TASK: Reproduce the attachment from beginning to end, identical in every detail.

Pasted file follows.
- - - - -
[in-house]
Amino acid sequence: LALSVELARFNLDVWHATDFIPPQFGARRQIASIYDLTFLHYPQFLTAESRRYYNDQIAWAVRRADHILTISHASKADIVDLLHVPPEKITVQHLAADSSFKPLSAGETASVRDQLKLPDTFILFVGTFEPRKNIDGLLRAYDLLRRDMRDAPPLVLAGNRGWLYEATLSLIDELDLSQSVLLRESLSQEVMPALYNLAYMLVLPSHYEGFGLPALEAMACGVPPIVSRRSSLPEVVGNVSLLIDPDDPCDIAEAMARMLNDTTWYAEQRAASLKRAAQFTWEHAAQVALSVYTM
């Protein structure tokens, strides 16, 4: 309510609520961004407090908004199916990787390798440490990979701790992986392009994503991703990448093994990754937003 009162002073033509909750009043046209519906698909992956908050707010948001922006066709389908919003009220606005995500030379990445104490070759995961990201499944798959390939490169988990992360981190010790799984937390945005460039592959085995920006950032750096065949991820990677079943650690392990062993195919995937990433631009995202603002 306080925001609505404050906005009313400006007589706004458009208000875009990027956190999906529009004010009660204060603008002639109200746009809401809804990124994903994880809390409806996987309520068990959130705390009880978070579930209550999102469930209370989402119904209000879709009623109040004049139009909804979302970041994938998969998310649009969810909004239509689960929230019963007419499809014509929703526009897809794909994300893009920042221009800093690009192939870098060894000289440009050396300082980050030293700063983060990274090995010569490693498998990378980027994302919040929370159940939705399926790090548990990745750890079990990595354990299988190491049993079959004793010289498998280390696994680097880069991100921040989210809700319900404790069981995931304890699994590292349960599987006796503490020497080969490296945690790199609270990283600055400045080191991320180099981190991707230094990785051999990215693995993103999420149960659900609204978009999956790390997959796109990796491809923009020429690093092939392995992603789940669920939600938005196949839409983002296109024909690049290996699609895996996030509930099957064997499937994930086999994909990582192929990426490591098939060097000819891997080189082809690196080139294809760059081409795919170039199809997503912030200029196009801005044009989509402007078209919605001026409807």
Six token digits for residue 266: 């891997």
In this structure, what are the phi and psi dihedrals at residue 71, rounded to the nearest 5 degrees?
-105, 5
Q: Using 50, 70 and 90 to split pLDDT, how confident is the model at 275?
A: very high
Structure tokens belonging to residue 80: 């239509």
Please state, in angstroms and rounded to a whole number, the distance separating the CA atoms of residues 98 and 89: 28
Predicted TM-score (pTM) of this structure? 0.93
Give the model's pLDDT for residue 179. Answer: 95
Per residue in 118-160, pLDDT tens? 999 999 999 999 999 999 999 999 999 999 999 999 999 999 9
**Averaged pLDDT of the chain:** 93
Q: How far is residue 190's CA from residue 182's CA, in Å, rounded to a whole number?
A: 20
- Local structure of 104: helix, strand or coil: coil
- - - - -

[in-house]
Amino acid sequence: LALSVELARFNLDVWHATDFIPPQFGARRQIASIYDLTFLHYPQFLTAESRRYYNDQIAWAVRRADHILTISHASKADIVDLLHVPPEKITVQHLAADSSFKPLSAGETASVRDQLKLPDTFILFVGTFEPRKNIDGLLRAYDLLRRDMRDAPPLVLAGNRGWLYEATLSLIDELDLSQSVLLRESLSQEVMPALYNLAYMLVLPSHYEGFGLPALEAMACGVPPIVSRRSSLPEVVGNVSLLIDPDDPCDIAEAMARMLNDTTWYAEQRAASLKRAAQFTWEHAAQVALSVYTM
């Protein structure tokens, strides 16, 4: 309510609520961004407090908004199916990787390798440490990979701790992986392009994503991703990448093994990754937003 009162002073033509909750009043046209519906698909992956908050707010948001922006066709389908919003009220606005995500030379990445104490070759995961990201499944798959390939490169988990992360981190010790799984937390945005460039592959085995920006950032750096065949991820990677079943650690392990062993195919995937990433631009995202603002 306080925001609505404050906005009313400006007589706004458009208000875009990027956190999906529009004010009660204060603008002639109200746009809401809804990124994903994880809390409806996987309520068990959130705390009880978070579930209550999102469930209370989402119904209000879709009623109040004049139009909804979302970041994938998969998310649009969810909004239509689960929230019963007419499809014509929703526009897809794909994300893009920042221009800093690009192939870098060894000289440009050396300082980050030293700063983060990274090995010569490693498998990378980027994302919040929370159940939705399926790090548990990745750890079990990595354990299988190491049993079959004793010289498998280390696994680097880069991100921040989210809700319900404790069981995931304890699994590292349960599987006796503490020497080969490296945690790199609270990283600055400045080191991320180099981190991707230094990785051999990215693995993103999420149960659900609204978009999956790390997959796109990796491809923009020429690093092939392995992603789940669920939600938005196949839409983002296109024909690049290996699609895996996030509930099957064997499937994930086999994909990582192929990426490591098939060097000819891997080189082809690196080139294809760059081409795919170039199809997503912030200029196009801005044009989509402007078209919605001026409807």
Six token digits for residue 266: 């891997």
In this structure, what are the phi and psi dihedrals at residue 71, rounded to the nearest 5 degrees?
-105, 5
Q: Using 50, 70 and 90 to split pLDDT, how confident is the model at 275?
A: very high
Structure tokens belonging to residue 80: 């239509």
Please state, in angstroms and rounded to a whole number, the distance separating the CA atoms of residues 98 and 89: 28
Predicted TM-score (pTM) of this structure? 0.93
Give the model's pLDDT for residue 179. Answer: 95
Per residue in 118-160, pLDDT tens? 999 999 999 999 999 999 999 999 999 999 999 999 999 999 9
**Averaged pLDDT of the chain:** 93
Q: How far is residue 190's CA from residue 182's CA, in Å, rounded to a whole number?
A: 20
- Local structure of 104: helix, strand or coil: coil